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International News

World Health Organization Warns of Rapid Spread of AIDS in Afghanistan

June 12, 2002

High levels of intravenous drug use and unsafe blood transfusions in Afghanistan could lead to a rapid spread of HIV, the World Health Organization (WHO) warned Sunday. WHO is funding the first national survey to investigate the levels of HIV/AIDS in the country, while a new nationwide strategy to combat the disease is being drawn up, said WHO spokesperson Loretta Hieber Girardet. Heroin and opium abuse in the country -- one of the world's largest producers of opium -- are aggravating the situation, she said. Girardet highlighted the fact that neighboring Pakistan, Uzbekistan, Tajikistan and China have all reported outbreaks of HIV among intravenous drug users.

Nearly 1 million Afghans have returned from Pakistan this year, and Girardet warned that refugees were particularly vulnerable to infection. They were more likely to be subject to "sexual abuse, violence and lack of access to information and education," she said.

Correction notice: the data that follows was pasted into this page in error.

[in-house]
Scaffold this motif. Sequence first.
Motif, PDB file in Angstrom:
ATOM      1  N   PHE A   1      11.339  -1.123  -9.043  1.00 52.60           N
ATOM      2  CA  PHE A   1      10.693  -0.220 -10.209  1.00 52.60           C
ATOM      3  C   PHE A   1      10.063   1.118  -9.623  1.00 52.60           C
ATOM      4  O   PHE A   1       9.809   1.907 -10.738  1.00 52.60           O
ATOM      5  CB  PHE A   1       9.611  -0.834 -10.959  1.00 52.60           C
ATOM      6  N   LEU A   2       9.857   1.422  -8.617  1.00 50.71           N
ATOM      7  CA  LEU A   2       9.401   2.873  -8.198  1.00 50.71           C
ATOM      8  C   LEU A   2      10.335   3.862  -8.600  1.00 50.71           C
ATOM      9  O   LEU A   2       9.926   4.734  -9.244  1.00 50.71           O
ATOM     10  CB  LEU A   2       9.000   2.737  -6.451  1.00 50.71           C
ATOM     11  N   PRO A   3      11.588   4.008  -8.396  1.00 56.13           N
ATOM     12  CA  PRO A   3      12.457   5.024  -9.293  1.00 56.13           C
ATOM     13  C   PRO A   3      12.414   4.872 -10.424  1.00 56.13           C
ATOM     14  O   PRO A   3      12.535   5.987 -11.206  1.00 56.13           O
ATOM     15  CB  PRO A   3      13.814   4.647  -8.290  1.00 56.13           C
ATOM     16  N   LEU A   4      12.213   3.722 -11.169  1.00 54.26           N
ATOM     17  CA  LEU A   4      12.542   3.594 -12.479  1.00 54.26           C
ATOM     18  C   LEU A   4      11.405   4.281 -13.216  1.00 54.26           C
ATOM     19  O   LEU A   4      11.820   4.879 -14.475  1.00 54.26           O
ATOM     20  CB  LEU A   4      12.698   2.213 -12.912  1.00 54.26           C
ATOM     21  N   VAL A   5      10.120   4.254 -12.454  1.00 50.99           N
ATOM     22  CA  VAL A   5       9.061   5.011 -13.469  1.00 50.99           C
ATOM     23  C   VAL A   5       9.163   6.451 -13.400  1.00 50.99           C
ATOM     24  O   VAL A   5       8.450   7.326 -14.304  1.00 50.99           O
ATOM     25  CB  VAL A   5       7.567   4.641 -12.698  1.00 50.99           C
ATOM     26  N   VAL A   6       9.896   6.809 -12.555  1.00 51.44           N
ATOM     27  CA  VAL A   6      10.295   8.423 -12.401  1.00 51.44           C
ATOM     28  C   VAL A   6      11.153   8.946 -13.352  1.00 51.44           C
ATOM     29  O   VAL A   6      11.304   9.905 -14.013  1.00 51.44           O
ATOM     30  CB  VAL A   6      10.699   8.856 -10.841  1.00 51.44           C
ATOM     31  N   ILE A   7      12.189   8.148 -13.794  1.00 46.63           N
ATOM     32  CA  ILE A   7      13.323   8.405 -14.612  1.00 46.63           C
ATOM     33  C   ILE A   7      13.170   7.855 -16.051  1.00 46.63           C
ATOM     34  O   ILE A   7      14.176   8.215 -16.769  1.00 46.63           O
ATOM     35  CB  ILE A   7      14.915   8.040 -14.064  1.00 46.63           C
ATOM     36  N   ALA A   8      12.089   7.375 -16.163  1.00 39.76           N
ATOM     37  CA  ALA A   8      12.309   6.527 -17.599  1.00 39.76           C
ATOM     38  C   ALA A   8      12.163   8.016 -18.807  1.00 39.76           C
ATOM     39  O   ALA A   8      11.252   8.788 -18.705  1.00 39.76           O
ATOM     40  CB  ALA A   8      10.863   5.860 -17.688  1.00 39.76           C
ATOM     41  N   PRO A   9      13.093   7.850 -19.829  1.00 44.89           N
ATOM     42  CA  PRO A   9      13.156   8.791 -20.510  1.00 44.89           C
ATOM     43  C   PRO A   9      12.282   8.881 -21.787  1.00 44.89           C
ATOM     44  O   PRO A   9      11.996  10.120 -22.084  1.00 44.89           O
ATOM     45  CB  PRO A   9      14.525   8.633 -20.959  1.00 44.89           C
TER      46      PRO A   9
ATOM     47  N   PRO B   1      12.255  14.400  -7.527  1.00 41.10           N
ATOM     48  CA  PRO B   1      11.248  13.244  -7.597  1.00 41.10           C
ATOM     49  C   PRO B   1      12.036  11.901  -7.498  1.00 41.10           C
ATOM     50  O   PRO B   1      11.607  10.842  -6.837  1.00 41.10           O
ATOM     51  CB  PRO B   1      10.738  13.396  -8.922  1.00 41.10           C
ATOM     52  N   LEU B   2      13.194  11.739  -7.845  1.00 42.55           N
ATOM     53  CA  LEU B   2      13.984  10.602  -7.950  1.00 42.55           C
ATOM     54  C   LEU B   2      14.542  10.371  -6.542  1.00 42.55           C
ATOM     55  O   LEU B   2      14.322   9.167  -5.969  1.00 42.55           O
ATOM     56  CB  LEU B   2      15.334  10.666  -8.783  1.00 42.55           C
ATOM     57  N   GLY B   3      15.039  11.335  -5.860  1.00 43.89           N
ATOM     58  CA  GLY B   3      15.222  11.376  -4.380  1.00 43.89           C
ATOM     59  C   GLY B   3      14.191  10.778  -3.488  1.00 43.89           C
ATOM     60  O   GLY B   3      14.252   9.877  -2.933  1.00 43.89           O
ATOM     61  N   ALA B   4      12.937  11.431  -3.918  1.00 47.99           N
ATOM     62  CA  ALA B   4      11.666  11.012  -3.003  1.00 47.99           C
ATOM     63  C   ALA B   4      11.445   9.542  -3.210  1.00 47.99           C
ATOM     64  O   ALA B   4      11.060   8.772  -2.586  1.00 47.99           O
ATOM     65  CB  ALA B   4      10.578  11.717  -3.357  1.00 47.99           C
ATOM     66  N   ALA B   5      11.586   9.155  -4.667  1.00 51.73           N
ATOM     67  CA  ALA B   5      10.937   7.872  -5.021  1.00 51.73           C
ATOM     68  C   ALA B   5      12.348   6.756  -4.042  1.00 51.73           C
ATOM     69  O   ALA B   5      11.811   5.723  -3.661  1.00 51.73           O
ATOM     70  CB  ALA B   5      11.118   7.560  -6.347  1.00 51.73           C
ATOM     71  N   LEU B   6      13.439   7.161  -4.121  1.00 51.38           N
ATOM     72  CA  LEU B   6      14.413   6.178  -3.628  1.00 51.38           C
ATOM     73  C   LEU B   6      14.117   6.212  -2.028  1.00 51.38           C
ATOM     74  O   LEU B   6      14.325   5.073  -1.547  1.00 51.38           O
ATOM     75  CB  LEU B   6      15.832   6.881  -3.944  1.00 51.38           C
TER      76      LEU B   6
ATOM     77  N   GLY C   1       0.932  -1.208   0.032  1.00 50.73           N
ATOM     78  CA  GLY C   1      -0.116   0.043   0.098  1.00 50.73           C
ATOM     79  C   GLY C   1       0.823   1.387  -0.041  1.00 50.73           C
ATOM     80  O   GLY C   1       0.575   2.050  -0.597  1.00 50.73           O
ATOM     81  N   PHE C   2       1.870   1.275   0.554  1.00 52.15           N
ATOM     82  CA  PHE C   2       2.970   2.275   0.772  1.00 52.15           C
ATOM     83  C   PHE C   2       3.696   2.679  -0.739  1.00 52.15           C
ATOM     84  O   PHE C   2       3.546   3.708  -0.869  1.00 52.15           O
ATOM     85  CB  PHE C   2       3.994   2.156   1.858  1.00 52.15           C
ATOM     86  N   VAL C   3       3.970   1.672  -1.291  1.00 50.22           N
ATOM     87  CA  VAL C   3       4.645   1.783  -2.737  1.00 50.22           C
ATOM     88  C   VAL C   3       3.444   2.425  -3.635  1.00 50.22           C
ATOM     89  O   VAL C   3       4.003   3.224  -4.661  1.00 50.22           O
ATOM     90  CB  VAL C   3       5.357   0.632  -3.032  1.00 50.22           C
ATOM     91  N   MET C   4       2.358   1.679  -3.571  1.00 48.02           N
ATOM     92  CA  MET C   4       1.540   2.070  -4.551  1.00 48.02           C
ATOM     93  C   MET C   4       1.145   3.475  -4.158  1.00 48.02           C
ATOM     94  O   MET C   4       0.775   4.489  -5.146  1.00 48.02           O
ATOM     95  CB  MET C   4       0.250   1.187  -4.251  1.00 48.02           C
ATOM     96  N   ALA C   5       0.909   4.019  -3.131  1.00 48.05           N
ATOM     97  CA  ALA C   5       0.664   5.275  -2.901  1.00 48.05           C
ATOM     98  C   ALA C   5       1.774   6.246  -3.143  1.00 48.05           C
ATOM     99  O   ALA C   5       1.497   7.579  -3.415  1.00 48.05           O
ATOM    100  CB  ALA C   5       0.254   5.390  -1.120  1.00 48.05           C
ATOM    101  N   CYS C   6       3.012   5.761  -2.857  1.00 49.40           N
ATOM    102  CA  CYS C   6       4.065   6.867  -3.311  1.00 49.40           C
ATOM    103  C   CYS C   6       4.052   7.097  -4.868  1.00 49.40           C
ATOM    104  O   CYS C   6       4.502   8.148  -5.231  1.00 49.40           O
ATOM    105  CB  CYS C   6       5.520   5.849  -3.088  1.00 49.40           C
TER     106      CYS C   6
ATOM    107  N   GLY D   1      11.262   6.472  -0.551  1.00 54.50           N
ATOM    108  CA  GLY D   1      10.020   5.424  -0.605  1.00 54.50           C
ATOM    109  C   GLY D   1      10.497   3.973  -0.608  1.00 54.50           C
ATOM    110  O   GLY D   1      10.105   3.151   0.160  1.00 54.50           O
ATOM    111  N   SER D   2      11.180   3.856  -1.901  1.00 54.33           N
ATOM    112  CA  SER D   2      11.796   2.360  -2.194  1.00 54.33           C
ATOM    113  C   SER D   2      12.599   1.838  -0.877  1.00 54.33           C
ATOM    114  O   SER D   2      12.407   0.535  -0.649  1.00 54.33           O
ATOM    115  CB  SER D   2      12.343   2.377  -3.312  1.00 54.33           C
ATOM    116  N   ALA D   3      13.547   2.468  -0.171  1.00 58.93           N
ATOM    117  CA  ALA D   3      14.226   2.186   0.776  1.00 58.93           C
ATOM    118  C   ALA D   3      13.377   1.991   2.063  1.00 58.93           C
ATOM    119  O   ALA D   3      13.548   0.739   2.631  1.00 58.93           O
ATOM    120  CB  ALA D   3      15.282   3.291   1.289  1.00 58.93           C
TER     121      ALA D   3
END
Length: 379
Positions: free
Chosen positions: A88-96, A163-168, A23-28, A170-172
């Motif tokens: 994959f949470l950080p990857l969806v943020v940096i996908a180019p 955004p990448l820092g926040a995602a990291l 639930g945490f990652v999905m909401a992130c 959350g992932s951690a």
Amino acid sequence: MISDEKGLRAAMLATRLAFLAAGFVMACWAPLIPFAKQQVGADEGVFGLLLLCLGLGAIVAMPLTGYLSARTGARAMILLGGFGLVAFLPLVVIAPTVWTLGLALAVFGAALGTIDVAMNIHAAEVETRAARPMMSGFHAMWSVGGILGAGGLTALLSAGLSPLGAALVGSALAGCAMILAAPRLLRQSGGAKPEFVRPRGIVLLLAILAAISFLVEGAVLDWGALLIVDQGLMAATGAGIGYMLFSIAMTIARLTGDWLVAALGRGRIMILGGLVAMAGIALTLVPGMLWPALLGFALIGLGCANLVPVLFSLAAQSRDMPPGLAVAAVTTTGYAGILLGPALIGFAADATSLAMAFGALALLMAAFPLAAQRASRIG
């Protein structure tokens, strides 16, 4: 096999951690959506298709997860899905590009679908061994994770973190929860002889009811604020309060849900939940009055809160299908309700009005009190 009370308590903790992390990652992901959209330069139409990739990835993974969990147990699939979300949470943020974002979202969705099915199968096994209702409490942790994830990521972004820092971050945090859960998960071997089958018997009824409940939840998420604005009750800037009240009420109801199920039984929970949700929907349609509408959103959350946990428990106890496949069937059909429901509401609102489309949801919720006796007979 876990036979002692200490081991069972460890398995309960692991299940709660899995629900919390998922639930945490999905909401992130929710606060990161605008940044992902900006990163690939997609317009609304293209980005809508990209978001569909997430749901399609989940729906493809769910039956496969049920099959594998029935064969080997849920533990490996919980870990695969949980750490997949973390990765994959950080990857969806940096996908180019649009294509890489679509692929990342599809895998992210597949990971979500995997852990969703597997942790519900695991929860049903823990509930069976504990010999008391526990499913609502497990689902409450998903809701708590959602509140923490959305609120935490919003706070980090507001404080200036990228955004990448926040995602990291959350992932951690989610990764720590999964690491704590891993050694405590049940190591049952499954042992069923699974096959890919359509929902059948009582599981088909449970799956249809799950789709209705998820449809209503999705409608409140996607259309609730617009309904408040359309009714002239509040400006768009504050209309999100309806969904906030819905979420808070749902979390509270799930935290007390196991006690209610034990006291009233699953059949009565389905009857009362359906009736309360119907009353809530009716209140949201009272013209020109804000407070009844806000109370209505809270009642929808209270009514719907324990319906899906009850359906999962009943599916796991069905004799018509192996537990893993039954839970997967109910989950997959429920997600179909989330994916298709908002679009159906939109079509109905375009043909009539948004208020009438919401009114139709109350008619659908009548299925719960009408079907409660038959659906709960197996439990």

Poor medical facilities could also contribute to the spread of the disease. "An estimated half of the country's 44 hospitals that perform surgery do not systematically test the blood for HIV before transfusions," said Girardet. "Although WHO and other agencies are working to provide laboratory equipment and training to hospital staff, the safety of blood transfusions cannot yet be guaranteed in Afghanistan."

WHO will also take part in a joint working group with the Afghan health ministry to draw up a strategy to control the spread of the disease. It will likely include a major education program and tighter controls in hospitals. "Experience has shown that in many war-affected countries HIV can rise within a very short space of time," said Girardet.

Back to other CDC news for June 12, 2002

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Adapted from:
Agence France Presse

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This article was provided by CDC National Prevention Information Network. It is a part of the publication CDC HIV/Hepatitis/STD/TB Prevention News Update.
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